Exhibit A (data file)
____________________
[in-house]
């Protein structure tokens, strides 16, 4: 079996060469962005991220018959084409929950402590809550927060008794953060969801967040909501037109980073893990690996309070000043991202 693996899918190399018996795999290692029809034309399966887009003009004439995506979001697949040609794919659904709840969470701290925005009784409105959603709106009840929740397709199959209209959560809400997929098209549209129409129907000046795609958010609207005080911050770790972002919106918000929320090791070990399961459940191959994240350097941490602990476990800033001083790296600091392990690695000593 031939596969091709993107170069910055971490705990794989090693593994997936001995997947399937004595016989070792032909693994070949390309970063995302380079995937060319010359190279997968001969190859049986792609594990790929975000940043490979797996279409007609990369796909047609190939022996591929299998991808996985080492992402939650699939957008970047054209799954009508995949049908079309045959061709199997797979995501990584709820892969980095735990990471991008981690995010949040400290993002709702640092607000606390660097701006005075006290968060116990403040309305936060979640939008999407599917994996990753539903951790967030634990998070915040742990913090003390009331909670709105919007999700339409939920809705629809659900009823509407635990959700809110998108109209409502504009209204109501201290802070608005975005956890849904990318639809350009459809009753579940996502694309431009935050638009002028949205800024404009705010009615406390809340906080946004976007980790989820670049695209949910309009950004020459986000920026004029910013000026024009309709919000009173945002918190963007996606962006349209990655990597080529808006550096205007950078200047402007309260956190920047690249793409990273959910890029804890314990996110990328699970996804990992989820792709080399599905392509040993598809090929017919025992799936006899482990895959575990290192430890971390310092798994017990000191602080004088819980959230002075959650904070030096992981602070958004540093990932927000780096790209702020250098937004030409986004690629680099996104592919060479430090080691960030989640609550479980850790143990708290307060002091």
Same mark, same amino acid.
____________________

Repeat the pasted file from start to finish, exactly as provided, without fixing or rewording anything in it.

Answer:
[in-house]
């Protein structure tokens, strides 16, 4: 079996060469962005991220018959084409929950402590809550927060008794953060969801967040909501037109980073893990690996309070000043991202 693996899918190399018996795999290692029809034309399966887009003009004439995506979001697949040609794919659904709840969470701290925005009784409105959603709106009840929740397709199959209209959560809400997929098209549209129409129907000046795609958010609207005080911050770790972002919106918000929320090791070990399961459940191959994240350097941490602990476990800033001083790296600091392990690695000593 031939596969091709993107170069910055971490705990794989090693593994997936001995997947399937004595016989070792032909693994070949390309970063995302380079995937060319010359190279997968001969190859049986792609594990790929975000940043490979797996279409007609990369796909047609190939022996591929299998991808996985080492992402939650699939957008970047054209799954009508995949049908079309045959061709199997797979995501990584709820892969980095735990990471991008981690995010949040400290993002709702640092607000606390660097701006005075006290968060116990403040309305936060979640939008999407599917994996990753539903951790967030634990998070915040742990913090003390009331909670709105919007999700339409939920809705629809659900009823509407635990959700809110998108109209409502504009209204109501201290802070608005975005956890849904990318639809350009459809009753579940996502694309431009935050638009002028949205800024404009705010009615406390809340906080946004976007980790989820670049695209949910309009950004020459986000920026004029910013000026024009309709919000009173945002918190963007996606962006349209990655990597080529808006550096205007950078200047402007309260956190920047690249793409990273959910890029804890314990996110990328699970996804990992989820792709080399599905392509040993598809090929017919025992799936006899482990895959575990290192430890971390310092798994017990000191602080004088819980959230002075959650904070030096992981602070958004540093990932927000780096790209702020250098937004030409986004690629680099996104592919060479430090080691960030989640609550479980850790143990708290307060002091």
Same mark, same amino acid.